Wait! Grandma!? There are so many other things I wanted to ask! What did you do about tantrums and curfews and bad grades and sports?  Will the kids be ok? How did you survive the teen years? What would you have done differently? Does it all work out in the end? Will you hug grandpa for me?  

But the moment was gone.  And I was alone with the memory of a flower.

And Jesus.

(a writing exercise inspired by Voice and Vessel)


Thursday, September 8, 2016

Peter's six!


To Peter, on your sixth birthday-

Wow. What a year you’ve been through!  Last year at this time, our lives were still full of walks to the pond, and visits to the cows, and mornings with the Vandercars.  Last year at this time, I was sending you off to kindergarten, three days a week. I thought that was going to be our big adjustment!  And then God sent us a call, and before we knew it, we were packing up the house, taking you out of school at White Creek, and moving to the city!  A new school, new friends, new routines, new everything- that had to be so much for your five-year-old self to process!  

I remember you sobbed the hardest on that rainy day when we pulled away from the only home you had ever known.  You are an Indiana baby, a country boy!  We shared quite a few tears and snuggles along the way.  Like you, I was sad for many things we left behind, but it has been a joy to watch the ways God has provided for us.

In Eastpointe, I got to see you meet a whole new group of kindergarteners. You grew to love Mrs. Schilling, and Addison Skurda quickly became your new best friend.  You learned to rock every-day kindergarten, and before I knew it you were reading and even taking AR tests!  In the winter you played Pee Wee basketball, and I got to be your coach!   You even weigh slightly more than Eldon- something that causes you great joy and him great annoyance. You gloat, “I’m half a thing bigger to you Eldon!” and try get him to weigh himself daily so you can compare. He “hates the scale” and refuses to get on it now!  

In the spring we bought a boat.  You and I were both pretty unsettled by the size of the waves on the big lake. While the other kids hooted and hollered and cheered, you and I would be snuggling in the back, hoping we wouldn’t die, saying a prayer or two or ten.  Every time we went out on the boat and didn’t die, we became a tiny bit more confident, and by the end of the summer you and I were not only cheering on the big waves, but tubing behind the boat, and loving it!  And you amaze us with your super-napping powers- you can nap on the boat through the roughest seas!

Your birthday weekend will be full of family: Uncle Quinn and Aunt Sara are staying with us, Flannery in utero. Grammy and Bump brought the camper and your cousin Izzy and Lorraine’s friend Kathryn. You were so happy to get a  whoopie cusion and a Snack-eeze (star wars), tons of candy, and a Paw Patrol backpack. You are wearing it to first grade, where you are rockin’ the academics, and being chased by the girls at recess.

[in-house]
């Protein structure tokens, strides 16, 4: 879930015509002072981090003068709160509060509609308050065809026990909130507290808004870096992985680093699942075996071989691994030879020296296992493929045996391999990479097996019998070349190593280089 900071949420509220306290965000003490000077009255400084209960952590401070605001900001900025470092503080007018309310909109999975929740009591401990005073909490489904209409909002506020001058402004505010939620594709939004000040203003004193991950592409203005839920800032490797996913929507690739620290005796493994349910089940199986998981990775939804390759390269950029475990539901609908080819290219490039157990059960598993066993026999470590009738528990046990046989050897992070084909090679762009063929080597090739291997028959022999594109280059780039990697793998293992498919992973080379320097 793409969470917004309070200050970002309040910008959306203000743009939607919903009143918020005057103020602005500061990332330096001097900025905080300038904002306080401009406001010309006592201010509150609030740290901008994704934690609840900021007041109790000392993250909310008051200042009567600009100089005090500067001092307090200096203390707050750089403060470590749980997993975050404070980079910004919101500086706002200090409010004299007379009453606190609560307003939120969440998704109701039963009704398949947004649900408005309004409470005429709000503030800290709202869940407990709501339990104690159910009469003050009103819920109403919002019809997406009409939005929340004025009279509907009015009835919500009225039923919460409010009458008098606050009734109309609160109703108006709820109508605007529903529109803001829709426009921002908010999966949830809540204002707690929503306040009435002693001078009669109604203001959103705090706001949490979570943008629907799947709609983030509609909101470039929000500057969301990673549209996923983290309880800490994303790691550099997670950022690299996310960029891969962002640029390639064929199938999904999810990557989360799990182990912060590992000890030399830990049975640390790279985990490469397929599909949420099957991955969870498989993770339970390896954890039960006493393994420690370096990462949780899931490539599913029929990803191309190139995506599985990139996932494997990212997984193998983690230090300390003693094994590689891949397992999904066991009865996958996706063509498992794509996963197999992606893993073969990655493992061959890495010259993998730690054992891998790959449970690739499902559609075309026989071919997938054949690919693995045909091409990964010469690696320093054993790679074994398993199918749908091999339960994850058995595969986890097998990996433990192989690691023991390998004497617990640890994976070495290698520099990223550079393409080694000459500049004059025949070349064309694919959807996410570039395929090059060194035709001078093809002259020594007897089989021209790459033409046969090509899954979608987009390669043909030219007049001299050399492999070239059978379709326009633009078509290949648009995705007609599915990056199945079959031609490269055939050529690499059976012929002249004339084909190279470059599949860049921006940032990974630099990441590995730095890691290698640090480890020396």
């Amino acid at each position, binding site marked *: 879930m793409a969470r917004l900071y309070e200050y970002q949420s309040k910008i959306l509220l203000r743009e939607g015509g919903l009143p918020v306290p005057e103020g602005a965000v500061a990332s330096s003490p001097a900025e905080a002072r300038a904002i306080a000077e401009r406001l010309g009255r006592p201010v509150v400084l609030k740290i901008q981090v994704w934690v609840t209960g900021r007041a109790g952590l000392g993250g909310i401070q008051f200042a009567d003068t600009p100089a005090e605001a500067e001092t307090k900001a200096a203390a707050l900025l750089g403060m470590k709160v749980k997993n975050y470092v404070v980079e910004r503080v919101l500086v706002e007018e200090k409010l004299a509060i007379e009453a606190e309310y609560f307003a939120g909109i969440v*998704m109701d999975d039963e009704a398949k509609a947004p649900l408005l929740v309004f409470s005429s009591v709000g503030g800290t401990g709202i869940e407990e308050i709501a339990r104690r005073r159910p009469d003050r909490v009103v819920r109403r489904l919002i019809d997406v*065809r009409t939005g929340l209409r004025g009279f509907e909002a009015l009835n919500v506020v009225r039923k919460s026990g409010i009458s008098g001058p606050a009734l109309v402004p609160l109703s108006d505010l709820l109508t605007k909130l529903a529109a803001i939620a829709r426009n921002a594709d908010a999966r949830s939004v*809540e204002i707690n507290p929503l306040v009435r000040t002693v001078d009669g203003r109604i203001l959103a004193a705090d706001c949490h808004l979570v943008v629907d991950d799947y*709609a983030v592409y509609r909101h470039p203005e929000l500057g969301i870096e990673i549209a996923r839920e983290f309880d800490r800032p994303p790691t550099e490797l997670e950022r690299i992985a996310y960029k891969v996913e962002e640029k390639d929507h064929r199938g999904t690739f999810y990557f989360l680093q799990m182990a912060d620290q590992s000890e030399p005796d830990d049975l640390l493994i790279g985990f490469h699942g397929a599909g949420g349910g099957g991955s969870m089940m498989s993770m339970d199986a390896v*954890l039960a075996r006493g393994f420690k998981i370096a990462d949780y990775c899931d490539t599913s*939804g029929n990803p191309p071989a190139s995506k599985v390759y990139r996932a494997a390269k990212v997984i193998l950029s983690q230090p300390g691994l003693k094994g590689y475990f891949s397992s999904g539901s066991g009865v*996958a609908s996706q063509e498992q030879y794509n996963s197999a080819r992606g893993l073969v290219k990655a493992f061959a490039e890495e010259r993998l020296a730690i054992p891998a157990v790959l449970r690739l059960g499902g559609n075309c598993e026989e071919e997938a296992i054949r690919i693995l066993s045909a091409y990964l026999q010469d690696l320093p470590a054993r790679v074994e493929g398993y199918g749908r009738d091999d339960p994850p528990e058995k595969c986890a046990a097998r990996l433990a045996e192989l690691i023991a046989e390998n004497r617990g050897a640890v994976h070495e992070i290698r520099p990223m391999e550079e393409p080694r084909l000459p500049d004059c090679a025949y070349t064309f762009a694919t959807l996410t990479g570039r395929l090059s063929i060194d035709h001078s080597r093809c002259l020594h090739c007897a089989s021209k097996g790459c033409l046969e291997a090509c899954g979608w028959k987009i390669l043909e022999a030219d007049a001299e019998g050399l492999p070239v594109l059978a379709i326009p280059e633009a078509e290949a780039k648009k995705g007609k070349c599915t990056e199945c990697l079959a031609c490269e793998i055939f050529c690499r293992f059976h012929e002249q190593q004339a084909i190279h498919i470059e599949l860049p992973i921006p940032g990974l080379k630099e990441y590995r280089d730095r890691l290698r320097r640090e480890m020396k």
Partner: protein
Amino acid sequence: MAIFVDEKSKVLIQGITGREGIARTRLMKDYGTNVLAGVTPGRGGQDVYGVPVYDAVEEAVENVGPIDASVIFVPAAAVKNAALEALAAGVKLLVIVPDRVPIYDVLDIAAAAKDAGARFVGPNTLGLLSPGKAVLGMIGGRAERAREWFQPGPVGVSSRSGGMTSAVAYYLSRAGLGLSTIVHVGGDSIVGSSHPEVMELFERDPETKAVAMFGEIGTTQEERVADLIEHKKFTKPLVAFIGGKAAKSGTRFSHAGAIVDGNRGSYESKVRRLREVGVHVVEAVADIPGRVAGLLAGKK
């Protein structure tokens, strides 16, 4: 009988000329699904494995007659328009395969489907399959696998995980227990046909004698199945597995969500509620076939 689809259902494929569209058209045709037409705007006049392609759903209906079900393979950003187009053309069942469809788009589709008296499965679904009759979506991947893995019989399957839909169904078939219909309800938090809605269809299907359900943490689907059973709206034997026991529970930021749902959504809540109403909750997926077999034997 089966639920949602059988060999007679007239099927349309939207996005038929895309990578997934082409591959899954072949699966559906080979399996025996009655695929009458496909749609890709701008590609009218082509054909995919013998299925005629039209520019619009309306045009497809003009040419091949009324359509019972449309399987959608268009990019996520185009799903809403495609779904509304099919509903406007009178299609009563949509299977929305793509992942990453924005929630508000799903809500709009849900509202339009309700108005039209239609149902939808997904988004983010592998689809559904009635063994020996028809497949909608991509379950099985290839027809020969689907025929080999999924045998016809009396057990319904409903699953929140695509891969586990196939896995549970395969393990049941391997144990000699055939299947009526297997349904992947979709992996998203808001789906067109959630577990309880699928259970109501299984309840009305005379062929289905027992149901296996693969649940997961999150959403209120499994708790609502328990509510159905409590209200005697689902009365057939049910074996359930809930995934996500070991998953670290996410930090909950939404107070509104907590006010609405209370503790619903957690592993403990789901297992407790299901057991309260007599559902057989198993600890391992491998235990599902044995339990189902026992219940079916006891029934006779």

The night before your birthday I snuggled you close and said, “Goodbye five, I will miss you.”
“I won’t miss five,” you said, and I was not surprised.
“I will, but I am excited to see you six.”
Goodnight, five, and welcome, six!  
We love you Peter!

Friday, September 2, 2016

goodnight, five.

Tonight, I said goodnight to five for the last time.
Tomorrow, my youngest boy turns six.

Goodnight, five, and goodbye five.
I curled up next to his pajama’d body and said a nice, long, goodnight and goodbye.

Goodnight, five,and goodbye to the days of
packing a blankie and buddy for rest time at school,
and learning to tie shoes.

Goodbye to the magical moment of I-can-read;
that miracle of letters on a page making sounds that magically form a familiar word!

Goodbye to the days of first backpack and first lunchbox and first play date with a school friend.

I rubbed his back and said goodbye to five, slowly, gently.
And the goodbye-fives turned into goodbye-everything-little as I thought about our preschool days and baby days.

Goodbye bringing babies home from hospitals,
and tiny new outfits, and milk-snuggles.
Goodbye teethers and days of dumping out toys and chewing on everything.

Goodbye strollers and baby-on-the-hip;
Goodbye afternoon naps with a baby plastered to my side;
Goodbye days spent in a blur of exhaustion and goodbye just trying to keep everybody alive.

Suddenly he whispered, “are you asleep mama?” and turned over to face me. “No, honey,” I said, “not yet.”

I’m too busy saying goodbyes.

Goodbye five, and less-than-five.
God help me embrace six, and more-than-six, too.  
I hid my tears and held him close.
He turned over again and let out a little fart.

He pulled his minion blanket up over his shoulder, made sure my arm was around his waist, and sighed.  He resigned to sleep, passing gently into the next stage of his life, fearless, and at peace.

Goodnight, five.